"The audience of one may even pull a dark rabbit from out of his hat."
‘Tis a bit funny, how these so-called “parties,” “coalitions” and “blocs” in the House of Representatives claim this and that about the fight for the supreme leadership of the chamber.
To paraphrase Macbeth in Shakespeare’s play, ‘tis all sound and fury, signifying nothing.
Because in the end, as we keep repeating in this column to the point of nausea, all the posturing and all the media spins impress no one, least of all the only audience who matters: The audience of one.
The party-list coalition, a strong bloc of 54 nominal members want to position themselves as one strong and solid “swing vote,” while the so-called administration party, the more numerous 80 strong congressmen, insist that being the “President’s party,” the leader of the HoR must perforce come from their ranks.
And yet, the PDP-Laban, after so many Pacman-hosted dinners and attempts at consensus- reaching, could not even among themselves choose who should bear their colors in the speakership fight. In the end, they toss it to the audience of one, hoping that as their proclaimed party chairman, he would choose one among their ranks.
There have been attempts as well to project “solidarity” among regional blocs; for instance, the Visayan bloc, but nothing came out of all the noise. Cebuanos following Ilonggo bloc leaders? Perish the thought.
Wisely, no Northern Alliance bloc came out of the woodwork to proclaim their “timek ti umili”. They knew no bloc posturing could alter the fact that the speakership is decided by the six-year tenant of Malacañang, especially one elected by huge numbers three years ago and thence given a standing ovation in the recent mid-terms.
Even the recent dinner at Malacañang, after the brief solo engagement of the Pacman with the Digong, only fortified the supremacy of the voice of one. The dinner was attended by many congressmen, most of them neophytes, who went there not so much to get the president to choose on the spot, as to have a chance for a selfie to show their constituents the morning after.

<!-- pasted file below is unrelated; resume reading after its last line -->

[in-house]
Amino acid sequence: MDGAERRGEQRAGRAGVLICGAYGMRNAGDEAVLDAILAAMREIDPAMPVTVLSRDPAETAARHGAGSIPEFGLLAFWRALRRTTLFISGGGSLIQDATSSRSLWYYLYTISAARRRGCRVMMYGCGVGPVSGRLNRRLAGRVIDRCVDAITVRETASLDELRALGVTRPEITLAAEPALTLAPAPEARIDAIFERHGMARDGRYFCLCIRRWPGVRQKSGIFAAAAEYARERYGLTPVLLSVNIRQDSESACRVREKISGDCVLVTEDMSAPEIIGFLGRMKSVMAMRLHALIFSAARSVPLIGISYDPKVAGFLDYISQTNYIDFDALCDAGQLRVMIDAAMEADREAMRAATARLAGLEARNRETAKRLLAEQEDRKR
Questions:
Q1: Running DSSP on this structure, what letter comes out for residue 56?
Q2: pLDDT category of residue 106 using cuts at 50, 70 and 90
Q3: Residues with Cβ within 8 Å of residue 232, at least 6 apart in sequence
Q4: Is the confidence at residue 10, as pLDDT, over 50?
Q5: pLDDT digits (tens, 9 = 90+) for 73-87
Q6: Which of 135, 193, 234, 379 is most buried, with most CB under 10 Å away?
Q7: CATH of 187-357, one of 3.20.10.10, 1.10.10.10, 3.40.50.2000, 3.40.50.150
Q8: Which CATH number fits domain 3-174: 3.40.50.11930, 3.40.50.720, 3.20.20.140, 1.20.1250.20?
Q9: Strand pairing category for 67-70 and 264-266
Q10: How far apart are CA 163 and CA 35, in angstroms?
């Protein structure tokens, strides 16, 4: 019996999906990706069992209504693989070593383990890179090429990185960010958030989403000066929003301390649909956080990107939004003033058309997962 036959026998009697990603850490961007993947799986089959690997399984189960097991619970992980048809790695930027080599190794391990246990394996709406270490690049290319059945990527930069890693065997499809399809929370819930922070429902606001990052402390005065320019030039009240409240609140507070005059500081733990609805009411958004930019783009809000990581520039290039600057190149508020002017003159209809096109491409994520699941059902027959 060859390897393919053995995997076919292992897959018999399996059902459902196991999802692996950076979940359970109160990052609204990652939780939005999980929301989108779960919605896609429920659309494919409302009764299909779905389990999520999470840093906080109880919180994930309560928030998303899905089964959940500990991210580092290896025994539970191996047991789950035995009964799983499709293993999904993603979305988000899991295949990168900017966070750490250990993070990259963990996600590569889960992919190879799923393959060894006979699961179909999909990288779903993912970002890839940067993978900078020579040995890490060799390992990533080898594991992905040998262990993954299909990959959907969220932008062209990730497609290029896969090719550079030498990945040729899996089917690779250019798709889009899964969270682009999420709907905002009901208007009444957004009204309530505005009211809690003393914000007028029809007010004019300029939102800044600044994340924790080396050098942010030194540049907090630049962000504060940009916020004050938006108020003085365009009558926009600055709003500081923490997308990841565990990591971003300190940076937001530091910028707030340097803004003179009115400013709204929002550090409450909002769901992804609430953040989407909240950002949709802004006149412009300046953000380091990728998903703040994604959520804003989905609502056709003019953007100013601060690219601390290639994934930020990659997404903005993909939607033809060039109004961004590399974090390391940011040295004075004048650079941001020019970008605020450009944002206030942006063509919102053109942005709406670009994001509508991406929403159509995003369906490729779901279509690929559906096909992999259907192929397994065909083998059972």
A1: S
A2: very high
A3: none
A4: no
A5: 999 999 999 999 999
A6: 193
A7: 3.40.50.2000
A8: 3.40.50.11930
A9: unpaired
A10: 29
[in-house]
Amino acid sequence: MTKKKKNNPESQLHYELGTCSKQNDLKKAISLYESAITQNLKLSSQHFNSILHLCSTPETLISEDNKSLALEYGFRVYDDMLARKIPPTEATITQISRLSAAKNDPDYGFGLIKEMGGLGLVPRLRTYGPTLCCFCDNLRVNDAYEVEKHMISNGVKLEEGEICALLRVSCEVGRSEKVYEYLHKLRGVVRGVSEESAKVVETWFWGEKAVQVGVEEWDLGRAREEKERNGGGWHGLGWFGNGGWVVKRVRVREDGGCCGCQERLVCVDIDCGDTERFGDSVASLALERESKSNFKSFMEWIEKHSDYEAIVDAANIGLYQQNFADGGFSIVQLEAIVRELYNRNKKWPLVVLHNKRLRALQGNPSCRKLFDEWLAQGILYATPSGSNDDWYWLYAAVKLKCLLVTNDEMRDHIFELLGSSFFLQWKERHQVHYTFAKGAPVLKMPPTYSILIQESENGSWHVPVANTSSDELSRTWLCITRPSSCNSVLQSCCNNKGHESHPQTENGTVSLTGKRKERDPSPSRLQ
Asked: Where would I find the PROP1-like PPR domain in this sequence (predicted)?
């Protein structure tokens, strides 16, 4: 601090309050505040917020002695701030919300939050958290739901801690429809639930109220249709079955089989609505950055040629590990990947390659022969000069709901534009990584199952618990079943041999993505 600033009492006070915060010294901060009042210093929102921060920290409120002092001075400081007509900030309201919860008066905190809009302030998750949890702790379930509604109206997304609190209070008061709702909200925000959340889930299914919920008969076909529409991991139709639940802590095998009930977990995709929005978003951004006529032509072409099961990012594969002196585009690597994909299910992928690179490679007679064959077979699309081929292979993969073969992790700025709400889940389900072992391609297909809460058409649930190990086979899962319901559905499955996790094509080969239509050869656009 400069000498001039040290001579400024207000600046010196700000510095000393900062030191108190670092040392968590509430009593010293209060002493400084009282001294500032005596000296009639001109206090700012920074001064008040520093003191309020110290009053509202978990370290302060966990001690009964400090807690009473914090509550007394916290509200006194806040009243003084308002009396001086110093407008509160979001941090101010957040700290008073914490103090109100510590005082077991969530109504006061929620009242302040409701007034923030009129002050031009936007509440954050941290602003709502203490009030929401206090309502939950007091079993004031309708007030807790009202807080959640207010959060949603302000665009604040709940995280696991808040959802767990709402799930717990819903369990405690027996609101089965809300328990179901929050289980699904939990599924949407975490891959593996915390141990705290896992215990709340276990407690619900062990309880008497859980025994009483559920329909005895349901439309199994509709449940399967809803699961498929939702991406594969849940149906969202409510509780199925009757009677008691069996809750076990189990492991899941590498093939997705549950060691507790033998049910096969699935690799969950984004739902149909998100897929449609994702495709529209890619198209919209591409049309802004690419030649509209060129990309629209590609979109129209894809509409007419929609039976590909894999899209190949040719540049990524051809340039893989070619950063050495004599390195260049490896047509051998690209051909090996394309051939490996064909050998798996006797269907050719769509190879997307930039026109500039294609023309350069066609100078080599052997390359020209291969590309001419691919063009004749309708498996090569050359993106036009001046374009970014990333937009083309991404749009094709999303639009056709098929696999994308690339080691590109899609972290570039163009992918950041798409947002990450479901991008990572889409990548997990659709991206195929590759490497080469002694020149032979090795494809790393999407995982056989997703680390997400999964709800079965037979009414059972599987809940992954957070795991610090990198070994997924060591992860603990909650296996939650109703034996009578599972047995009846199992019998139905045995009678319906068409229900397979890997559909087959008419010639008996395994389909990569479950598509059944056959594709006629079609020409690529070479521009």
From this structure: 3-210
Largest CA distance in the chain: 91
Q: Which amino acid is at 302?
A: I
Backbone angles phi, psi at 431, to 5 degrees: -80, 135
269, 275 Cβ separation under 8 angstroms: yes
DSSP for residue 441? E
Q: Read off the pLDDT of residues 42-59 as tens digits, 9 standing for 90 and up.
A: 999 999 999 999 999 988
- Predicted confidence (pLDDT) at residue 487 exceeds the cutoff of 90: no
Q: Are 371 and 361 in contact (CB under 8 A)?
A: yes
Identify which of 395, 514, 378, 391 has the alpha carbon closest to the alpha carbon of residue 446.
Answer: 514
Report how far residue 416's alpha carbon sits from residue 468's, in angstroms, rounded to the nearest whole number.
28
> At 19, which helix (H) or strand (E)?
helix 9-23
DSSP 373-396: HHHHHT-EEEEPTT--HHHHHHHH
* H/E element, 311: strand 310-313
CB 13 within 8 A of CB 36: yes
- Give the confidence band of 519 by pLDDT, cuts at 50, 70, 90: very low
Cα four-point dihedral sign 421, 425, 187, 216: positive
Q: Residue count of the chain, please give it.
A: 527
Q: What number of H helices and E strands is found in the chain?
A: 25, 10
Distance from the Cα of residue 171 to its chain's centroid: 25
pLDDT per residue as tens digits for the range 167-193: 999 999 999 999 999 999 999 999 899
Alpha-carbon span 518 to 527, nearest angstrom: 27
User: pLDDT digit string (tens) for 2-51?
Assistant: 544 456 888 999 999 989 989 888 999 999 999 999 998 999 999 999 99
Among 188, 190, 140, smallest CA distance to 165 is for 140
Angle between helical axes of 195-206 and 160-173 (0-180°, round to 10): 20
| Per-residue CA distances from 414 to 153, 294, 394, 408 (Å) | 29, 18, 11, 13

In any case, the audience of one has kept everyone in tenterhooks only until June 28, after which he will, he promised, announce his choice.
See what I mean? What I have kept repeating in this space? In the end, it is the audience of one who will prevail, and all the early claims and headcounts will amount to nothing. As for the advance payments, I can only hope the decent ones will return to their senders, if sender is not the “anointed.”
Meanwhile, the playful former mayor of Davao is weighing each of the aspirants by his own metric. Is it loyalty, or intellectual capability, or probity, or all these rolled into one? Is it leadership ability, whether demonstrated in the past or a quality he has gleaned in the contestants during the years of his association with them, or even during these frenetic months of posturing? How does the mayor read character?
In his mind, and in his mind alone, he is weighing these, and whatever more. He may even be purposely giving hints and half-assurances, testing how the contestants would react. He may be listening to the “murmurings” on the ground, a quality he has mastered, and because of which he has successfully and incontestably ruled Davao for three decades, and became president when nobody but a very few took him seriously.
I would venture a guess: he has made a choice, but would rather keep everybody still guessing. “Tenterhooks”, the way he kept everybody guessing as to whether he would run for president or not. Not even the 28th of June is cast in stone. Remember that Comelec deadline he spurned, only to substitute for one Martin Dino, the one reason PDP-Laban got itself resurrected as a political party? Why, the audience of one may even pull a dark rabbit from out of his hat.
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Even the way President Rodrigo Duterte handled the issue of the 22 fishermen from Mindoro shows how the man can be deliberate, even if at times, his colorful language gets the better of his instant reactions.
He waited for real information, knowing how victims always tend to magnify the ordeal they suffered. After all, accidents in the high or near seas always happen among fishing vessels, large or small.
Whether collision or allision, accidents happen especially in the dead of the dark night, where our puny vessels are hardly lit. To “jump like chimpanzees,” as Senator Joker Arroyo used to say, is for those who play into emotions for purposes real or political.
Mercifully, the 22 survived, with a little help from our Vietnamese “friends,” who like the Chinese were probably in the vicinity also to fish within our EEZ. If they had perished, left to the sharks by fleeing Chinese perhaps less mindful of the value of human lives as we are, emotions would have run as high as Mamasapano 44 for the Mindoro 22.
We should use the incident as leverage for pushing China and the region into agreeing to a Code of Conduct over the disputed South China Sea. There is always a silver lining beyond the clouds, or beneath the ocean waves, and an opportunity to explore amid crisis.